Republican Health Care Task Force Offers Medical Liability Solutions for Patients, Physicians

New health care reforms, including medical liability proposals, were introduced last week by the Republican Health Care Task Force and formally kicked off initiatives that will guide the legislative activities in a new Congress, with a new administration.

Led by House Speaker Paul Ryan, the health care reform framework and proposal offered by Republicans aims to empower patients, make the health system more accessible and affordable, and spur medical innovation.

“We know that comprehensive medical liability reform that includes caps on non-economic damages will improve patients’ access to quality care while reducing the overall cost of health care in America,” the report states. “Our plan will include liability reform that includes caps on non-economic damage awards, ensuring plaintiffs can recover full economic damages and that patients will not have their damages taken away by excessive lawyer contingency fees.”
These reforms have proven effective in states like California and Texas, where patients have greater access to critical care, and health care costs and liability premiums remain affordable.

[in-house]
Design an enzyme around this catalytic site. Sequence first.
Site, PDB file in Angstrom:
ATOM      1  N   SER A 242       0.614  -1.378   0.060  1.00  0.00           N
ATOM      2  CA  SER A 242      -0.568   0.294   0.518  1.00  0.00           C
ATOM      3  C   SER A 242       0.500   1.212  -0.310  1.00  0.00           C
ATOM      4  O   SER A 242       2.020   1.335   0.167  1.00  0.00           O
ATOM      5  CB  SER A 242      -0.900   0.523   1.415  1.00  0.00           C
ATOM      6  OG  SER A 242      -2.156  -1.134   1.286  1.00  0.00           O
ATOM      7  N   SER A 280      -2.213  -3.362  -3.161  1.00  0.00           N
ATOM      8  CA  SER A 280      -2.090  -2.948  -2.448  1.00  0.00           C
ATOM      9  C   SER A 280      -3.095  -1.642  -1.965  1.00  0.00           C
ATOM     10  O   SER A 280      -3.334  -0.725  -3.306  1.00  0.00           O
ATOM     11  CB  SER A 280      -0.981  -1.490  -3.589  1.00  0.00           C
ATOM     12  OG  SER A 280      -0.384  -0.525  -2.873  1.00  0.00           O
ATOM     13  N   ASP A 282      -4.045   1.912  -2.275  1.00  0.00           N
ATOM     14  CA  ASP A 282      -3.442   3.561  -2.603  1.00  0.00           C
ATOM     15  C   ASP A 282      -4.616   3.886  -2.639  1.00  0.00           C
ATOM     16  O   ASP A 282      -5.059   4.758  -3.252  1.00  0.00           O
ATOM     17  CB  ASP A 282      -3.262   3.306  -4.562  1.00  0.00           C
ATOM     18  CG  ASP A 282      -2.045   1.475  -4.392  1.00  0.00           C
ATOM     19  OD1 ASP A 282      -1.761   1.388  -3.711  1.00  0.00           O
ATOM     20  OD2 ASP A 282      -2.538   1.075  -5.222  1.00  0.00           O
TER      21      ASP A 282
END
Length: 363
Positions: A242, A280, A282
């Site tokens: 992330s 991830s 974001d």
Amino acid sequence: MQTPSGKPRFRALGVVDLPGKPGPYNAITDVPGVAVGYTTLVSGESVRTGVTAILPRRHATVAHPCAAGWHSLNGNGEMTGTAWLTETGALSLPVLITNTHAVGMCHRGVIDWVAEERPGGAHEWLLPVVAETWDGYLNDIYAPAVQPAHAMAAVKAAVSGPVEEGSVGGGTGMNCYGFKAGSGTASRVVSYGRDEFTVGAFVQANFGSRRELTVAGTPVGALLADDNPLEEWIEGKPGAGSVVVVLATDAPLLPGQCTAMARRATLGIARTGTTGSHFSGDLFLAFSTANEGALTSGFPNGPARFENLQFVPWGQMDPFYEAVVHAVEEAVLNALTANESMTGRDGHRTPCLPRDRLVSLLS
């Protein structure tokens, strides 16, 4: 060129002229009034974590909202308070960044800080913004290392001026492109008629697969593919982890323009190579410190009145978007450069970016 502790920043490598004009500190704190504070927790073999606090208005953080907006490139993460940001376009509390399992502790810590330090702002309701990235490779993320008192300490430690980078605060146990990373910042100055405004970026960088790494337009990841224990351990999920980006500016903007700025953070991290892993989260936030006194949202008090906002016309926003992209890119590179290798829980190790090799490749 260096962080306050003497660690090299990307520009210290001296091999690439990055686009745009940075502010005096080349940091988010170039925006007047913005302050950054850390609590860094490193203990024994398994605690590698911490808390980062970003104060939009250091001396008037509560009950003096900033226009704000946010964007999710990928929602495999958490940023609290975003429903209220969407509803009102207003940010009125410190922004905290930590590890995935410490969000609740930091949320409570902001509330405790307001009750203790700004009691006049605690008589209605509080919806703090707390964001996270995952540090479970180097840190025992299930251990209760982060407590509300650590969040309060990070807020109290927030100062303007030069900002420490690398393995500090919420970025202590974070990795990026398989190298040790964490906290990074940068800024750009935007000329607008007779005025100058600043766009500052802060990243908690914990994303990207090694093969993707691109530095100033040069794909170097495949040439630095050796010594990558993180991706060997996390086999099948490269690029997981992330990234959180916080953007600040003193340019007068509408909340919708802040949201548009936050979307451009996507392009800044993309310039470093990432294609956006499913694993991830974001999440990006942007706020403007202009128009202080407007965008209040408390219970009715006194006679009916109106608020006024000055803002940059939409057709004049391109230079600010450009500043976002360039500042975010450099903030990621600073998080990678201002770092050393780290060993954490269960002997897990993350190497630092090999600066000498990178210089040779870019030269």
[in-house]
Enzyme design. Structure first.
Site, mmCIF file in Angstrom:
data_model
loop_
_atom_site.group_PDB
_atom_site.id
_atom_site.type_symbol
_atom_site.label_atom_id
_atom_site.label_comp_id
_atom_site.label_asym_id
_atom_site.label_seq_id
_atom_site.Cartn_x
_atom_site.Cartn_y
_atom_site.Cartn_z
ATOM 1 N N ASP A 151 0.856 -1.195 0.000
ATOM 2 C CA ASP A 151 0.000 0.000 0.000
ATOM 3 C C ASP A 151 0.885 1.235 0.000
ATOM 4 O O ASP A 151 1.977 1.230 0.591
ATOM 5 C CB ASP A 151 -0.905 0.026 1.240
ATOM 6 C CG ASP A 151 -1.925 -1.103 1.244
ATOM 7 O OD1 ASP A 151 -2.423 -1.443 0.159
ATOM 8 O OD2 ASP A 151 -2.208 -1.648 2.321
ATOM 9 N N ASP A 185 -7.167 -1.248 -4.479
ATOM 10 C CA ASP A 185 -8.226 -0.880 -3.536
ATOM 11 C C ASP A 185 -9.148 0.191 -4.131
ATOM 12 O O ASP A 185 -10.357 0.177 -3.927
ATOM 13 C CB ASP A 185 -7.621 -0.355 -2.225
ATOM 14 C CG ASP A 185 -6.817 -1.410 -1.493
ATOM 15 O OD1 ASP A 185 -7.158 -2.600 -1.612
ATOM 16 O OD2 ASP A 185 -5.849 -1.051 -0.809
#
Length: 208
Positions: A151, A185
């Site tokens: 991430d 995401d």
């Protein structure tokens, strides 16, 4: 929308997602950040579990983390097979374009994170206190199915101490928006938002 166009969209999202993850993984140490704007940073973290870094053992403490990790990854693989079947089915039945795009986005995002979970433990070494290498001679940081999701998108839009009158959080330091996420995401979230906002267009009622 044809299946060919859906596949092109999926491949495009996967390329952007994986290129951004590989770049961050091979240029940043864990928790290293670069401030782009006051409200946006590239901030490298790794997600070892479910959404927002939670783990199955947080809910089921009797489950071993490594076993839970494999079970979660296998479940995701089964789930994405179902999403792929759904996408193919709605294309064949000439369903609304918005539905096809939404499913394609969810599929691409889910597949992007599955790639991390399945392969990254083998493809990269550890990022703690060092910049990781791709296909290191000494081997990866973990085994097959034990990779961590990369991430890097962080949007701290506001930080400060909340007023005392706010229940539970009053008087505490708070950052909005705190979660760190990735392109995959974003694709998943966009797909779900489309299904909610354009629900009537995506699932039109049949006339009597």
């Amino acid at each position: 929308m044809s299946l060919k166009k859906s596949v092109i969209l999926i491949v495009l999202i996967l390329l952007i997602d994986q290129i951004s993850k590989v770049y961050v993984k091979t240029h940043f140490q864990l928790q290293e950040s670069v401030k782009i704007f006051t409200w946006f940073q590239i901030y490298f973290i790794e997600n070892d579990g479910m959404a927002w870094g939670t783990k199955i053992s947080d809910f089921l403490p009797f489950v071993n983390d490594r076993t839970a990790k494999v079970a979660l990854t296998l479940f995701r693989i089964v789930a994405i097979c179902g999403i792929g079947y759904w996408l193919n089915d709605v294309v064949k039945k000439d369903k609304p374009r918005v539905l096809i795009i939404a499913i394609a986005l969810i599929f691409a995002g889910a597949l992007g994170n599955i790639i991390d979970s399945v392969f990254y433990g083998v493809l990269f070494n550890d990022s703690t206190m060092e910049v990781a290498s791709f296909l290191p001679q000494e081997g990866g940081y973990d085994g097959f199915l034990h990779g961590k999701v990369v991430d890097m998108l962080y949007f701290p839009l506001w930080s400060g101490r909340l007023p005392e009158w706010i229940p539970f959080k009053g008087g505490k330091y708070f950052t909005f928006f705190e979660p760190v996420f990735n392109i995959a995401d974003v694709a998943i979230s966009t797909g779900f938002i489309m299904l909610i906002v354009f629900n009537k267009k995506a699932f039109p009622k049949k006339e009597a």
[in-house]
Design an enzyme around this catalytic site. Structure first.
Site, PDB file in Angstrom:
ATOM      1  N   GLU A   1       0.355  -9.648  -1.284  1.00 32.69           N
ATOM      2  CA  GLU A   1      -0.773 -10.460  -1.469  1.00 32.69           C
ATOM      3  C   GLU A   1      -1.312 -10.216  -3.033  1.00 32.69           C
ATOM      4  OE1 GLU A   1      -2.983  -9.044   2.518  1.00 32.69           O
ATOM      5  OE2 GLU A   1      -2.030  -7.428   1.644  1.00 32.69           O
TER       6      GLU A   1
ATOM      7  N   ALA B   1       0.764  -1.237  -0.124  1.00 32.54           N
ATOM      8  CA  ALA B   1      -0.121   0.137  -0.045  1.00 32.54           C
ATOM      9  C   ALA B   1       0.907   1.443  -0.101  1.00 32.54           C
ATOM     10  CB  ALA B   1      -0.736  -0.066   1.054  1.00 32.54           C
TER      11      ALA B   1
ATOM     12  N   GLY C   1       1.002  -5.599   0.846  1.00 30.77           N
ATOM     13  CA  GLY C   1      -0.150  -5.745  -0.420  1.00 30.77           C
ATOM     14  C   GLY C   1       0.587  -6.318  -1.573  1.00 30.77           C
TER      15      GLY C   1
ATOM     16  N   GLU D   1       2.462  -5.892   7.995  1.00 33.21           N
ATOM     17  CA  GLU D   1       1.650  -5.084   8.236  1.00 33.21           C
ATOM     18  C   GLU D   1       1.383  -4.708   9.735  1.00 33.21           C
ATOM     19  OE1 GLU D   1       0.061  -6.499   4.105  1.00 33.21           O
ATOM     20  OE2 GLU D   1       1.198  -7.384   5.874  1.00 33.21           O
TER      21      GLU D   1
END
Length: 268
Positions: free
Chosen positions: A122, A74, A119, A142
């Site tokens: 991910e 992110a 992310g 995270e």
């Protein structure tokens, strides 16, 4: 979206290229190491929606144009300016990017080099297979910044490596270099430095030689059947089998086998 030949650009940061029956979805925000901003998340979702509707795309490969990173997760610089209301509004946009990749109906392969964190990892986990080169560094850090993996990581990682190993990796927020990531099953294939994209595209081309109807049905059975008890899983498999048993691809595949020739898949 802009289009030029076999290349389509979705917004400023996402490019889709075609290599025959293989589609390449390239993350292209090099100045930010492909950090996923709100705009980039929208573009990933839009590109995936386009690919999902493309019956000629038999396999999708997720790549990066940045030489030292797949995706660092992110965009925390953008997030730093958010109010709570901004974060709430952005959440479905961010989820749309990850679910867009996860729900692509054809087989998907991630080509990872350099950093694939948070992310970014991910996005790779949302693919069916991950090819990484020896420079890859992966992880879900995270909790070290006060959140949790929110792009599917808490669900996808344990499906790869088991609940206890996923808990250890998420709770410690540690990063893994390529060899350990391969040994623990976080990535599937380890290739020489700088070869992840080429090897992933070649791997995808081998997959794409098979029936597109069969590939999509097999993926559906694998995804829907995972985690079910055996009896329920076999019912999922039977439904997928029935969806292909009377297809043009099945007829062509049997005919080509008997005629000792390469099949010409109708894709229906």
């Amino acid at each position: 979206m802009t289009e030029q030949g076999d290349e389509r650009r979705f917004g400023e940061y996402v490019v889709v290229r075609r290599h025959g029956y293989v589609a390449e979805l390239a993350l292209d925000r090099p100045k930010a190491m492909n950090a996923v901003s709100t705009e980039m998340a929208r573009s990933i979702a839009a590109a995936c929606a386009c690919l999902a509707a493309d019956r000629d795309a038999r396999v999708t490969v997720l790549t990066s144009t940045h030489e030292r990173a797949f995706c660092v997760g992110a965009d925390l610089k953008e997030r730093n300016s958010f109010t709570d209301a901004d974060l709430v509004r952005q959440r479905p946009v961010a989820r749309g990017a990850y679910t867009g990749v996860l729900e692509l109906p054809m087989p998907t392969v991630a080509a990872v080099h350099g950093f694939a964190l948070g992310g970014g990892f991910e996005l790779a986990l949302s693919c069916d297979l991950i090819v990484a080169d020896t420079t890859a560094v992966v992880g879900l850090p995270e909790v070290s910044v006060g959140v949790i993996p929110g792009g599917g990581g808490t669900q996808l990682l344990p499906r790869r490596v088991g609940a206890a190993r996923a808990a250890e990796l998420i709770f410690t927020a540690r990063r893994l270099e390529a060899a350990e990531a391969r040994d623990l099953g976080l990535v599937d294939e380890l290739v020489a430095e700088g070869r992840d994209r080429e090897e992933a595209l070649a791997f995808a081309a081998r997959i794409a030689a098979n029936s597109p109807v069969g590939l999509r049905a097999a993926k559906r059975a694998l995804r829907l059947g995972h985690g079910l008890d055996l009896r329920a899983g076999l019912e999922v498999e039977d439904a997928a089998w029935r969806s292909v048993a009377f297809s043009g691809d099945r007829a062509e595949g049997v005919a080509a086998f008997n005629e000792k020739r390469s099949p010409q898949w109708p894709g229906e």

“The HCLA will work with Members of Congress on both sides of the aisle, as well as the new administration, to bring together leaders that will make these patient protection efforts a reality,” said Mike Stinson, HCLA chair. “Reducing medical lawsuit abuse, maintaining the integrity of the liability system for deserving patients and preserving patient access to care remain central to the mission of our health care coalition, and we’re pleased that many of the ideas in the task force’s plan are already embraced in a bipartisan way.”